Mathematical sociology

Introduction to Mathematical Sociology (2012)
Phillip Bonacich and Philip Lu's 2012 Introduction to Mathematical Sociology, wherein they present standard topics, such as: weak ties, prisoner’s dilemma, chaos, complexity, and small world networks. [3]
In science, mathematical sociology is the study of way in which mathematics can be utilized in sociology.

History
In 1964, American chemical engineer turned sociologist James Coleman published his Introduction to Mathematical Sociology, wherein he applies some cursory chemistry, physics, and thermodynamics models to the study of social phenomena. [1]

In 1996, Joshua Epstein and Robert Axtell published their Growing Artificial Societies, based on artificial life stylized computer simulations, which has some mathematical sociology citations. [4]

In 2012, Phillip Bonacich and Philip Lu published Introduction to Mathematical Sociology, wherein they present standard topics, such as: weak ties, prisoner’s dilemma, chaos, complexity, small world networks, among a few others. [3]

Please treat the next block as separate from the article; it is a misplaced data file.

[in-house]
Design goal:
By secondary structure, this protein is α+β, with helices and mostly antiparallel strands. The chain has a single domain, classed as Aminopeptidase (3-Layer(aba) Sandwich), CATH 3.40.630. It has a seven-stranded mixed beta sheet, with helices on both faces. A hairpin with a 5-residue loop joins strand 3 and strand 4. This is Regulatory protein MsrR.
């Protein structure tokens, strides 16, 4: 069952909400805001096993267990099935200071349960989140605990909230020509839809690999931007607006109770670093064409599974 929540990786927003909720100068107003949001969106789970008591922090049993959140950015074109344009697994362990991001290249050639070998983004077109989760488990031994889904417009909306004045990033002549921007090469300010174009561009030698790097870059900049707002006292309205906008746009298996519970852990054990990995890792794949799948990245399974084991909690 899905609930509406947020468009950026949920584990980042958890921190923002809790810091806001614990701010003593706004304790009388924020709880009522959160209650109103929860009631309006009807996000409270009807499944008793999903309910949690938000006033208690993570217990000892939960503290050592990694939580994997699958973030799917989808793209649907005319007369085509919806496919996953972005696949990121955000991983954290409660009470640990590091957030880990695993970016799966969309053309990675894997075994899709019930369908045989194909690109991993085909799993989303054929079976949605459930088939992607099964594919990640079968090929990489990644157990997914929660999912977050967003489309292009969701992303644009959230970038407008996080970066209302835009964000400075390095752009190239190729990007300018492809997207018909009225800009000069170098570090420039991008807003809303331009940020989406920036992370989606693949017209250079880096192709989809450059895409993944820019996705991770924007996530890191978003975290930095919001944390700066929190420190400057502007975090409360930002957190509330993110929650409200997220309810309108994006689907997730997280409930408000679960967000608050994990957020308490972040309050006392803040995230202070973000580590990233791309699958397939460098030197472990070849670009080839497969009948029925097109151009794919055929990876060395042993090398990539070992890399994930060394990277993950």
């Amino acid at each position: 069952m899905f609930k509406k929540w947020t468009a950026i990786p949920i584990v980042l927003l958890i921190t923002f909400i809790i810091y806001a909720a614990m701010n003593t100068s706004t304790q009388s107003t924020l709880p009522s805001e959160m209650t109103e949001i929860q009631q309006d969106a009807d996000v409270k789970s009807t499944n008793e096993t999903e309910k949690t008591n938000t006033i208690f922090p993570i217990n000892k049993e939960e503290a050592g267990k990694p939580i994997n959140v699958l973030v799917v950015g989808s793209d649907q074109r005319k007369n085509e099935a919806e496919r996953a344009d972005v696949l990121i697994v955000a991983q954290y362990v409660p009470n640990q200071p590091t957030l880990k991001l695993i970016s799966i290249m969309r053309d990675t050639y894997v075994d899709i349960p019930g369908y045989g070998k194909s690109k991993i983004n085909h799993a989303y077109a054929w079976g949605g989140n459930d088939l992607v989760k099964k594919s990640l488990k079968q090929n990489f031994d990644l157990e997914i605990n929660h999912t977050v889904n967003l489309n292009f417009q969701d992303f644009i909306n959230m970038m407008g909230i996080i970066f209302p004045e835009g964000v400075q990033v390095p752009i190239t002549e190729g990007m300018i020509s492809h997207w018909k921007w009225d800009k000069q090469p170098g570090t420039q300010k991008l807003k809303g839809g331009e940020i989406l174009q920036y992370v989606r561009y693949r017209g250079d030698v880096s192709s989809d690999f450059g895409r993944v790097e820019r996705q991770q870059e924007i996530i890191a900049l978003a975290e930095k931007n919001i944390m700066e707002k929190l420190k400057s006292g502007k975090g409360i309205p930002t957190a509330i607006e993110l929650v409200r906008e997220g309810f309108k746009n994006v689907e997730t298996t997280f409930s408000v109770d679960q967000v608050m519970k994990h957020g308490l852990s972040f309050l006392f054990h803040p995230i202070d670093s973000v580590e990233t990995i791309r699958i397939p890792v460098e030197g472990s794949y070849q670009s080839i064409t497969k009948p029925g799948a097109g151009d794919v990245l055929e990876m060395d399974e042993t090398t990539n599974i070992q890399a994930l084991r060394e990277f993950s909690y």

In 2014, Richard Kilburg and Marc Donohue, in their “Leadership and Organization Behavior: a Thermodynamic Inquiry”, attempt to platform off mathematical sociology, by stating that the field exists and uses statistical concepts similar to those of chemistry and molecular physics, via citation to Coleman (1964), Epstein and Axtell (1996), and Bonacich and Lu (2012). [2]

See also
Mathematical economics
Mathematical thermodynamics

References
1. Coleman, James S. (1964). Introduction of Mathematical Sociology (chemistry, 8+ pgs; thermodynamics, 7+ pgs; physics, 11+ pgs; entropy, pgs. 87, 441-42). The Free Press.
2. Kilburg, Richard R and Donohue, Marc D. (2014). “Leadership and Organization Behavior: a Thermodynamic Inquiry”, Consulting Psychological Journal: Practice and Research, Special Issue: the Physics of Leadership and Organizational Structure (abs) (main), 66(4):261-87.
3. Bonacich, Phillip and Lu, Philip. (2012). Introduction to Mathematical Sociology. Princeton University Press.
4. Epstein, Joshua M. and Axtell, Robert L. (1996). Growing Artificial Societies: Social Science From the Bottom Up. MIT Press.

External links
Mathematical sociology – Wikipedia.

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